For the most part, the authors' recommendations are relatively uncontroversial. Shumaker and Heckel endorse parenting methods that call for vigilance, attentiveness, and affection. They discourage disciplinary strategies that involve power-assertion or love-withdrawal, instead favoring techniques that are based in empathy and reason. They encourage parents to model pro-social behaviors early on, as even very young children are perceptive and impressionable. The authors also express caveats about poor social interaction at school, relocating too frequently, excessive indulgence in television and video games, and other potentially harmful influences. A recurring theme in the book is that many of the support systems that were once available to parents (extended family, involved community members, schools, social clubs, churches, etc...) have considerably diminished. Shumaker and Heckel suggest that citizens reclaim these resources in order to cultivate and fortify the moral health of America's children.
Despite the book's positive and proactive message, this work is not impervious to criticism. Among the more questionable assertions in the text are that being popular bodes well for a child's moral development (71) and that parents should "push" their children to pursue close social interaction with peers (73). While Shumaker and Heckel cite empirical support for their claims, a critic might charge that the authors undermine the value of individuality and neglect the possibility that a shy or non-conformist child could grow into a virtuous adult. One worry is that parents who take this section to heart might over-emphasize peer status at the expense of character development, failing to recognize that they are two different things.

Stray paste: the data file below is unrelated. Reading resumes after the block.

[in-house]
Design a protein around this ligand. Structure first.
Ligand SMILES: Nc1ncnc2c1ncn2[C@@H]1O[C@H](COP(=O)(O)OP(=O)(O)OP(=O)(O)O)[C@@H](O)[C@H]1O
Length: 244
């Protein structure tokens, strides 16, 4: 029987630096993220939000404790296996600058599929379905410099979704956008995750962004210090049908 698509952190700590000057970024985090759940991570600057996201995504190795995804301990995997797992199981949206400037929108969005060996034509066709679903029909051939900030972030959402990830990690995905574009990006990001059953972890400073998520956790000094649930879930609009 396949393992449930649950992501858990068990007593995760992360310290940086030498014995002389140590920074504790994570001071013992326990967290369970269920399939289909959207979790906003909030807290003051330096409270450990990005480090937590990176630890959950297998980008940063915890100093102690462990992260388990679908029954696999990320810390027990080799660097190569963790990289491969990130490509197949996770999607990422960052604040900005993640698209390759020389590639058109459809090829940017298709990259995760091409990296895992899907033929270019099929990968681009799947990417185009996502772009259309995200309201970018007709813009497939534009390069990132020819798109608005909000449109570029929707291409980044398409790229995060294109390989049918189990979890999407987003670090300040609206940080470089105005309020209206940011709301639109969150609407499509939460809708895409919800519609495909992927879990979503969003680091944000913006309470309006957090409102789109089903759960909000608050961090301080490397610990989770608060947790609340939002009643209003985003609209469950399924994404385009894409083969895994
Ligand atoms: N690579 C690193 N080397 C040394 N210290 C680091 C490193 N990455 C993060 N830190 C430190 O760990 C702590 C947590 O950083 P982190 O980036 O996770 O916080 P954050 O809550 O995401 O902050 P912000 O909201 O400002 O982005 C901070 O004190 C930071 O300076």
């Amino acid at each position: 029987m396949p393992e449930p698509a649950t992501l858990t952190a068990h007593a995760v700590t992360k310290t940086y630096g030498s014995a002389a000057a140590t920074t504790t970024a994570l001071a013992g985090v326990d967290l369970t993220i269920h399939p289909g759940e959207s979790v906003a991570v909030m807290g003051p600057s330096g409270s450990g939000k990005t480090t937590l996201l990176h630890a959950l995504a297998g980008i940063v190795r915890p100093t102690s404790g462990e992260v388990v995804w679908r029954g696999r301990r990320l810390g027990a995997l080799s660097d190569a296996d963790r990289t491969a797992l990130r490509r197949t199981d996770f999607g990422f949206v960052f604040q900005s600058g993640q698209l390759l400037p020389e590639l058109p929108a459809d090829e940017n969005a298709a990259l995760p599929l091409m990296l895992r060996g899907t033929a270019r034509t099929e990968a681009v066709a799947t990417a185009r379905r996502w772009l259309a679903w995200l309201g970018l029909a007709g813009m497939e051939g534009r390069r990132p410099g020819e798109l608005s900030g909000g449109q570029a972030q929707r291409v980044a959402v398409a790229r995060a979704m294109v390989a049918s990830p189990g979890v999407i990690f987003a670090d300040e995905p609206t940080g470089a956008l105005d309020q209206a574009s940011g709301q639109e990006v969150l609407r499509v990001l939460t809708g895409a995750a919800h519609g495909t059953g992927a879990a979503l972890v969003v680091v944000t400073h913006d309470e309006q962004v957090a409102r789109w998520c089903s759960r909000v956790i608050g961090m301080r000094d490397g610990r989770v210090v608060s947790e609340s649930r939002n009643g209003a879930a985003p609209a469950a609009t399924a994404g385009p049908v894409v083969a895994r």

A second criticism is that the authors are a bit too dismissive of the view that it is not the place of school teachers to morally educate children. Shumaker and Heckel suggest that it may be "immoral" for instructors and school administrators to refrain from promoting moral education in schools (126). They argue that there are or should be universal values that could be taught without infringing on parental rights. I found the section on school-based character education extremely fascinating and informative, and I think that the authors make an excellent case for their position. However, insinuating that a school teacher who wishes to teach strictly academic subject matter is a "narrow-minded" individual with his or her "head in the sand" (140) may be going a bit too far.
Criticisms aside, Kids of Character represents a laudable effort to provide readers with useful information and insights on the moral development process. It is clear that the authors are very knowledgeable and passionate about the interests of young people, and their work has the potential to redirect focus toward the import of children and character education. If it succeeds at accomplishing nothing beyond this, then it will still have been a valuable project. I recommend it as a worthy addition to any parent's resource library.
© 2007 Monique Wonderly
Monique Wonderly is a graduate student in Philosophy at Western Michigan University.